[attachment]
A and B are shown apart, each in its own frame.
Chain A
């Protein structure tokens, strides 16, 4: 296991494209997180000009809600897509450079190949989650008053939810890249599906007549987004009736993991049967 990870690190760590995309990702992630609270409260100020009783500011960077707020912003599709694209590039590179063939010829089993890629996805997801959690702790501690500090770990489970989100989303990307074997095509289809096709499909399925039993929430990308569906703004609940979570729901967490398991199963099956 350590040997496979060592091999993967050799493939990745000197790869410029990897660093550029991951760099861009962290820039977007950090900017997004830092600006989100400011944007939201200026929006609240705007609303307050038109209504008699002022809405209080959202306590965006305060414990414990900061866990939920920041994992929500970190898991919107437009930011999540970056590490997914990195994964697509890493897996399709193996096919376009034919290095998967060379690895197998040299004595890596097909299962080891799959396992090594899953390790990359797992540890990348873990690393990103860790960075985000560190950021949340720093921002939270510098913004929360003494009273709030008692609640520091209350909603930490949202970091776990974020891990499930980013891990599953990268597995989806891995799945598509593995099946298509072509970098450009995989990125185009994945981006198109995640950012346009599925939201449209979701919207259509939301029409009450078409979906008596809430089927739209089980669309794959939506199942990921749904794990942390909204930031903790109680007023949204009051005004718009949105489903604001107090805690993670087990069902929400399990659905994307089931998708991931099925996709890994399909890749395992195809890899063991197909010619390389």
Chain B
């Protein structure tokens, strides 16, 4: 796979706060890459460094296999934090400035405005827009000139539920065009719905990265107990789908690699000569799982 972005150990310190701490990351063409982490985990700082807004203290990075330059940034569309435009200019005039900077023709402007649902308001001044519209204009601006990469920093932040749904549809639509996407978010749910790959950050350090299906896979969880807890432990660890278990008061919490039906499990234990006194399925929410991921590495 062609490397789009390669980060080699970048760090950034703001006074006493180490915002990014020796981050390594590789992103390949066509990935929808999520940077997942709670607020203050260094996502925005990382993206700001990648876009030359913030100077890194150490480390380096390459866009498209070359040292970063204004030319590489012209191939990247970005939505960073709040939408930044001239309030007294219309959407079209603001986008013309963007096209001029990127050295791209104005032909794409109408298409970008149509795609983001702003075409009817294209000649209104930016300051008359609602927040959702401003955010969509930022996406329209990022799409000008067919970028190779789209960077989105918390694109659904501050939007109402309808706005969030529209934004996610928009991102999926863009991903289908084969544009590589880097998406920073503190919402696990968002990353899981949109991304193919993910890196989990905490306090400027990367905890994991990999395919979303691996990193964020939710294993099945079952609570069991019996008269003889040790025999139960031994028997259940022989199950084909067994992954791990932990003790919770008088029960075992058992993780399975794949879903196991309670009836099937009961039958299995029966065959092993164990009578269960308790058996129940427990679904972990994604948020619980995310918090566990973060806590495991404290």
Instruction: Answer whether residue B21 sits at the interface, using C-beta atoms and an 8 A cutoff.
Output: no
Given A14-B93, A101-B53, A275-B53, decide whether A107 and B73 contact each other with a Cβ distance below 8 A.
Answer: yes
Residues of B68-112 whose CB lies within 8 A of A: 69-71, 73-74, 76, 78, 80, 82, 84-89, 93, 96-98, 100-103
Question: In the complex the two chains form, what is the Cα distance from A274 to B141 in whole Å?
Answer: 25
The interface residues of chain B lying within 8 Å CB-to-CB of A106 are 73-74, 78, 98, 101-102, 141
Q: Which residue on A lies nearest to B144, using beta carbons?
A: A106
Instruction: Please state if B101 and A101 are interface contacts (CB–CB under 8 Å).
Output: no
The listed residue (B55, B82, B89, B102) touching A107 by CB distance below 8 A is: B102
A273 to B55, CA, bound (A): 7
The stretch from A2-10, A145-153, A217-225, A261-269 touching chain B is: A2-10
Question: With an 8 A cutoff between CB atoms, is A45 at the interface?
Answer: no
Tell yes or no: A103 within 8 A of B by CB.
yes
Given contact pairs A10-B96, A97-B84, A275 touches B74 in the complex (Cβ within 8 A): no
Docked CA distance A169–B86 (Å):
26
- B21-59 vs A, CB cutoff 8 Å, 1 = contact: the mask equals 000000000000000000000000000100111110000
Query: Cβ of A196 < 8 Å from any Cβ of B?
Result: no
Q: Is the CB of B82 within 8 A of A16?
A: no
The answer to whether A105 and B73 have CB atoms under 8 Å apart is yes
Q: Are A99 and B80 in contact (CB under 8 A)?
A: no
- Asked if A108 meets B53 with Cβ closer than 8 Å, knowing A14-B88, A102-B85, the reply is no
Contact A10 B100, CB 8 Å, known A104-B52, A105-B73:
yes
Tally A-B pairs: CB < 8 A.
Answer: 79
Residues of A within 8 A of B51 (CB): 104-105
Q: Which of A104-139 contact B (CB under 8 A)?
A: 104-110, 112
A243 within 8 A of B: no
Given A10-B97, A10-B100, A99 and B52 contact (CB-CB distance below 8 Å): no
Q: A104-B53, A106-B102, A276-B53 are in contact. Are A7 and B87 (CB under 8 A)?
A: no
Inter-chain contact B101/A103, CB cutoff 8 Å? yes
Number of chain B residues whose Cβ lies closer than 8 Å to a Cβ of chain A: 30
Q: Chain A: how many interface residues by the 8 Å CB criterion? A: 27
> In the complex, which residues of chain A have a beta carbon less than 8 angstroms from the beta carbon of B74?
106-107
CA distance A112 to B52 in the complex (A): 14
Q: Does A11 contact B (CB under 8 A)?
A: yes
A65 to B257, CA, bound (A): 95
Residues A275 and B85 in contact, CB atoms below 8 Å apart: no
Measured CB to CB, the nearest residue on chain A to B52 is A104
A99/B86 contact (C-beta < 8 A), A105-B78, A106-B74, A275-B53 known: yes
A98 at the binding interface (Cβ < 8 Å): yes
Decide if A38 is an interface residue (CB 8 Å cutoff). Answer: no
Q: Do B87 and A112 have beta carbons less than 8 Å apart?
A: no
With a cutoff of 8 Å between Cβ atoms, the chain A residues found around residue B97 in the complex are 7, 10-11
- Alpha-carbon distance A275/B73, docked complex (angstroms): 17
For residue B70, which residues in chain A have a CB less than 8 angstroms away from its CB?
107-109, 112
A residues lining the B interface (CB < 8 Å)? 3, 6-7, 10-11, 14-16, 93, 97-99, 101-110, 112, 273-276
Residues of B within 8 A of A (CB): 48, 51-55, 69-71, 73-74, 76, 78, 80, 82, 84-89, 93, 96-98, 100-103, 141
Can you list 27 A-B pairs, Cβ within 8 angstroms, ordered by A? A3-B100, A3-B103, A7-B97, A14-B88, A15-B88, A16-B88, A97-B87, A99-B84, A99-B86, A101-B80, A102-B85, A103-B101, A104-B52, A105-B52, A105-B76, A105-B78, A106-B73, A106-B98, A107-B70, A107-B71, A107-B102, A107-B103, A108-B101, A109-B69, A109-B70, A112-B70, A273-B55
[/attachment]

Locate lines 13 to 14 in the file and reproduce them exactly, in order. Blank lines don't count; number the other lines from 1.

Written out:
The interface residues of chain B lying within 8 Å CB-to-CB of A106 are 73-74, 78, 98, 101-102, 141
Q: Which residue on A lies nearest to B144, using beta carbons?